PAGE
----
Friday on “DaySide” we have a very interesting guest with a personal connection to the Michael Jackson molestation trial. His name is Robert Wegner (search), and he worked security at Neverland Ranch in the 1990s. He recalls incidents with Jordy Chandler (search), (the boy whose family accused Michael of molesting him back then), child actor Macaulay Culkin (search) and other children, which he will describe in detail on the air. To be fair and balanced, I will also interview a lawyer for Jackson's family about Wegner's allegations. Please feel free to send in comments or questions for Wegner and the lawyer; the address is firstname.lastname@example.org.
Another story we're covering is a new study by Harvard, which has found that when Americans file for personal bankruptcies (search), HALF the time it is because they're drowning in medical bills. Does this surprise you — that 50% of the bankruptcies are due to medical debts?
Also, some pundit types are wondering aloud these days, has Hollywood gone into hiding after Iraq's surprisingly successful election? It seemed like so many showbiz types were pessimistic, if not downright negative, about the vote, but now that Iraqis have pulled it off, where are these showbiz types now?
Now, some follow-up on Thursday's “DaySide:” I'm getting lots of e-mails from you about the lawsuit of Syed Abbas (search), the Pakistani-American factory worker who says he was harassed by supervisors and co-workers after 9/11 (called a "terrorist", etc.), then was fired when he complained to his bosses. In truth, it's hard to get to the bottom of this, because Abbas's former employer, AFI Industries, refused to speak to “DaySide” — representatives wouldn't even refer us to their lawyer. So for the moment, we can only go on what we've been told by Abbas's lawyer. That said, here are some of your comments.
E-mail No. 1:
As an American, this story mortified me, made me angry, and I felt ashamed to be an American! Syed's skin may not be white, but that is no excuse for the humiliation he had to endure.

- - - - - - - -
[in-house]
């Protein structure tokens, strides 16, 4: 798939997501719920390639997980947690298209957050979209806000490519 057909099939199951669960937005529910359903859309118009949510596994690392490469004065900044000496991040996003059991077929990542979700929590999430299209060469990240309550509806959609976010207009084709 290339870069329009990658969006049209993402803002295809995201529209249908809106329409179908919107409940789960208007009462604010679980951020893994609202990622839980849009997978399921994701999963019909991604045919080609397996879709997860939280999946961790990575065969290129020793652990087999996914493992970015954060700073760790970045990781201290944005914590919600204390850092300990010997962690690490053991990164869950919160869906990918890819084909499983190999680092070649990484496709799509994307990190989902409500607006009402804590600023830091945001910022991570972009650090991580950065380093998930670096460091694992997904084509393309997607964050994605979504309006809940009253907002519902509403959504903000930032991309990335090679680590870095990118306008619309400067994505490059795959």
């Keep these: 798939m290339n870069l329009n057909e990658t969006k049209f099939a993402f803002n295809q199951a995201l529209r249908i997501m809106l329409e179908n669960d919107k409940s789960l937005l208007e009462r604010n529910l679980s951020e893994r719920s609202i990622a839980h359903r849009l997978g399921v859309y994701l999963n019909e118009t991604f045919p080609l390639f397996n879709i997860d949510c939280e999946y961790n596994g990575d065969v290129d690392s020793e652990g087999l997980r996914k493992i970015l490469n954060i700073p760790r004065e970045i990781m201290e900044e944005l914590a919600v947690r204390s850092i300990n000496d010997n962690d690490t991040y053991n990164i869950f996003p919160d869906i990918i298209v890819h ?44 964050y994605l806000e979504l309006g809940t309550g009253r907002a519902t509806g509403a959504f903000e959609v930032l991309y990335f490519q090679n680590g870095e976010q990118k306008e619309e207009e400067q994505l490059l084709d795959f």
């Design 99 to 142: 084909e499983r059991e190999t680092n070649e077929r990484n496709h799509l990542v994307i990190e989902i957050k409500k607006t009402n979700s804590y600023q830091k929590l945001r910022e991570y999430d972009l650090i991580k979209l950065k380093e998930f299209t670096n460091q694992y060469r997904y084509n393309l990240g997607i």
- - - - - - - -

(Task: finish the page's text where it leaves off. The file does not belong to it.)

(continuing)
— Cathy Lee, Fairbury, NE
E-mail No. 2:
The fact that AFI had decided to remain silent in the face of Mr. Abbas' accusations suggest there may be more truth to this story than AFI would care to admit.
— Adam Sieminski, Tucson, AZ
On to the the teenage driver segment — I knew many of you would be mad at me for airing it! But hey, it's provocative research worth discussing. Here's feedback from both sides.
E-mail No. 3:
Teenagers cannot vote or buy cigarettes until they are 18 and they cannot buy alcohol until they are 21. Why should they be allowed behind the wheel of a car at 16? There is no logic to that. By the way, my son will be 16 soon and he doesn't know it yet but he will not get a license at 16.
— Robin Glover, Elizabethtown, KY
(From Linda: Robin, your secret is safe with me, but I hope your son doesn't read this blog!)
E-mail No. 4:
I think your guest is way off base. I drove a truck on our family farm from the time I was 7, and was responsible enough not to crash.
— Mark Carrol, Austin, TX
I also got a few emails like the following:
E-mail No. 5:
We have 17, 18, and 19-year-old teenagers engaged in life and death situations in war zones. Perhaps it is wrong to ask them to sacrifice their lives when they are too mentally immature to handle this situation which, in my humble opinion, requires much more critical thinking than operating an automobile."
— Steve Redstone, New Orleans, LA
Lots more controversy to discuss Friday — see you then.
Watch "DaySide with Linda Vester" weekdays at 1 p.m. ET
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